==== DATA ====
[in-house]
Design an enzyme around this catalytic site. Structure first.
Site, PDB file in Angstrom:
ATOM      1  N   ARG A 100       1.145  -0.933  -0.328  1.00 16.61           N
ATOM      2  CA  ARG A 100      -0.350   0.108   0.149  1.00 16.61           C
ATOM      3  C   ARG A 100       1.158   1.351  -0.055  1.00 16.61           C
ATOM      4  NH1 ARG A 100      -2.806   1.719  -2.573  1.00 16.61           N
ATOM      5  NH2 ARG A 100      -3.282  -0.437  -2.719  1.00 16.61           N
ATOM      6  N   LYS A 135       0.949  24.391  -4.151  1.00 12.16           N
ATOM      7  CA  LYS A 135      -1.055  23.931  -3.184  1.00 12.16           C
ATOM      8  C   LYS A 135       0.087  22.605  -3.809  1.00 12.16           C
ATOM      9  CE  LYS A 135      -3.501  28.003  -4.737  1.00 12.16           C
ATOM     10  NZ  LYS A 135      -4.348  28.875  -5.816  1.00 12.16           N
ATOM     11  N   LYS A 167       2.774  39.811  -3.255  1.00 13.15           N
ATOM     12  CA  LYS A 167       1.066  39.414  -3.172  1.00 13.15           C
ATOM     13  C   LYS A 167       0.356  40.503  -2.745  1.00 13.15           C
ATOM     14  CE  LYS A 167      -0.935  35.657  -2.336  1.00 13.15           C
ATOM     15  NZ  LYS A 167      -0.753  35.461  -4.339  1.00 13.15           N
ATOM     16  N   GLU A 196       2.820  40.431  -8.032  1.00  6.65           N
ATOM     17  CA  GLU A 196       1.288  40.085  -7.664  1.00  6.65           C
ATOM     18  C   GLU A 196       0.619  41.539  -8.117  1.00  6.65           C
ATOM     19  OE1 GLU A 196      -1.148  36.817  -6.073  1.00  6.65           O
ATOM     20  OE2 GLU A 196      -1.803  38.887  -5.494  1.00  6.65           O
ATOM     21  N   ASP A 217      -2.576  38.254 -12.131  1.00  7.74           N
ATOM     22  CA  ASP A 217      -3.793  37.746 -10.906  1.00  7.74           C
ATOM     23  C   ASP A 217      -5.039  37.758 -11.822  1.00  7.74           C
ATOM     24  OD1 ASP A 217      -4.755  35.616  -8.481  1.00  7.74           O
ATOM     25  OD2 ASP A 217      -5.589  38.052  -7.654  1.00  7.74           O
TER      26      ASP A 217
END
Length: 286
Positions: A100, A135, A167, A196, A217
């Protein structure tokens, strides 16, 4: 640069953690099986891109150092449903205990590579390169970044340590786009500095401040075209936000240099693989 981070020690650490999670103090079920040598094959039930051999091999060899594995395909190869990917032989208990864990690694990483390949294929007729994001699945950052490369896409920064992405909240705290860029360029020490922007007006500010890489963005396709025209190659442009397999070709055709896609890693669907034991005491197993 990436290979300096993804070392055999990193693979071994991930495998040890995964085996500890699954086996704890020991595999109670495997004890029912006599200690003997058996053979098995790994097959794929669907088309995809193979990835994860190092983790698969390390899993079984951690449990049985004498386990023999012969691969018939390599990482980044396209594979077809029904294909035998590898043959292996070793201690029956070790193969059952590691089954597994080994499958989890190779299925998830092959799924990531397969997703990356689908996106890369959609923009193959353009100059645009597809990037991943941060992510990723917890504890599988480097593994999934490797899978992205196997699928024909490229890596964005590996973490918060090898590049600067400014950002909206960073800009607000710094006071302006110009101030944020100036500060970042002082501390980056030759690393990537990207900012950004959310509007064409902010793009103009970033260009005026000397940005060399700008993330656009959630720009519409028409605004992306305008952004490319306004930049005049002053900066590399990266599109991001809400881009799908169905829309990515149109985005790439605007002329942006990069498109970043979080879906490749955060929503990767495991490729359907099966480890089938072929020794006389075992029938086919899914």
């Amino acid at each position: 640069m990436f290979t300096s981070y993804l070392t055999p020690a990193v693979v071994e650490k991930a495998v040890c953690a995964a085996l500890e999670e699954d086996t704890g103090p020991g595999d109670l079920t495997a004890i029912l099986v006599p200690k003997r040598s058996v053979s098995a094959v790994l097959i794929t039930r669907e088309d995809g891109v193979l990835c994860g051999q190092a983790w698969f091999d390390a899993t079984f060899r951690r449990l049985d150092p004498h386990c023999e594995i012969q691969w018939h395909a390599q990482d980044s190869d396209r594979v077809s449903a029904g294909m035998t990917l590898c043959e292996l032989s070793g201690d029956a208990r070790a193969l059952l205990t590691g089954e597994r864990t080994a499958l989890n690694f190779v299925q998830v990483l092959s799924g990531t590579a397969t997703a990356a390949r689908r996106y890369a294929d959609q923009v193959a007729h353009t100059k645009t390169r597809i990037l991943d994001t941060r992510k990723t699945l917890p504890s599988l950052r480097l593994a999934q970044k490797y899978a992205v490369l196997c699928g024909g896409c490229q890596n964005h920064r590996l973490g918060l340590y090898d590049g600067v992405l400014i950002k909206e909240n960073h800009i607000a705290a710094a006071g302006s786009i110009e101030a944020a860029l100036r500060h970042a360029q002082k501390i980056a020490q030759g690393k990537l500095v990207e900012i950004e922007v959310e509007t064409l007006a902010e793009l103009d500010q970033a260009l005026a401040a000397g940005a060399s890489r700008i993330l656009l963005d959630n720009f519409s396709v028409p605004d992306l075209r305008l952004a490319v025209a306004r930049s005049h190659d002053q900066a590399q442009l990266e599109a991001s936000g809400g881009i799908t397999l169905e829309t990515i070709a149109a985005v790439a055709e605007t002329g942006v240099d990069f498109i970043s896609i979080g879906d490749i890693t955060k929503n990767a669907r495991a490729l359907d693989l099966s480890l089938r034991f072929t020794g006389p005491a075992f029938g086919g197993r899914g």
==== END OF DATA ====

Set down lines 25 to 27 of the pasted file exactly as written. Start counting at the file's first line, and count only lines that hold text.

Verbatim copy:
ATOM     22  CA  ASP A 217      -3.793  37.746 -10.906  1.00  7.74           C
ATOM     23  C   ASP A 217      -5.039  37.758 -11.822  1.00  7.74           C
ATOM     24  OD1 ASP A 217      -4.755  35.616  -8.481  1.00  7.74           O